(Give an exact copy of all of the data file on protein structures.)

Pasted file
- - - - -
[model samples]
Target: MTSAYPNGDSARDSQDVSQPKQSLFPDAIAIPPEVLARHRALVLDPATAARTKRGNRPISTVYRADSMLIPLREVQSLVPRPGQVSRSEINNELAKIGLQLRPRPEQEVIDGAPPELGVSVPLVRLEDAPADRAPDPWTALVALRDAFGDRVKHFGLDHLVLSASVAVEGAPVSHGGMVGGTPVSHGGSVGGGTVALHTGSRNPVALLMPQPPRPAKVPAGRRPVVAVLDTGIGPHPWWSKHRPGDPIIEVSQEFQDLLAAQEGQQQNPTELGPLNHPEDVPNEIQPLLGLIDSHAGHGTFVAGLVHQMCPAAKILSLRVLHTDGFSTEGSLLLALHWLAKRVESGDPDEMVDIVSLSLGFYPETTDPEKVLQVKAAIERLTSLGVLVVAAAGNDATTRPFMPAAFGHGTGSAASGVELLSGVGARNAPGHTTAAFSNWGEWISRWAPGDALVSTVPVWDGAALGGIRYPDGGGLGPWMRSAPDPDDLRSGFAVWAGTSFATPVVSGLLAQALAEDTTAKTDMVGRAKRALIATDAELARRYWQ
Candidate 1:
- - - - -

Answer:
[model samples]
Target: MTSAYPNGDSARDSQDVSQPKQSLFPDAIAIPPEVLARHRALVLDPATAARTKRGNRPISTVYRADSMLIPLREVQSLVPRPGQVSRSEINNELAKIGLQLRPRPEQEVIDGAPPELGVSVPLVRLEDAPADRAPDPWTALVALRDAFGDRVKHFGLDHLVLSASVAVEGAPVSHGGMVGGTPVSHGGSVGGGTVALHTGSRNPVALLMPQPPRPAKVPAGRRPVVAVLDTGIGPHPWWSKHRPGDPIIEVSQEFQDLLAAQEGQQQNPTELGPLNHPEDVPNEIQPLLGLIDSHAGHGTFVAGLVHQMCPAAKILSLRVLHTDGFSTEGSLLLALHWLAKRVESGDPDEMVDIVSLSLGFYPETTDPEKVLQVKAAIERLTSLGVLVVAAAGNDATTRPFMPAAFGHGTGSAASGVELLSGVGARNAPGHTTAAFSNWGEWISRWAPGDALVSTVPVWDGAALGGIRYPDGGGLGPWMRSAPDPDDLRSGFAVWAGTSFATPVVSGLLAQALAEDTTAKTDMVGRAKRALIATDAELARRYWQ
Candidate 1: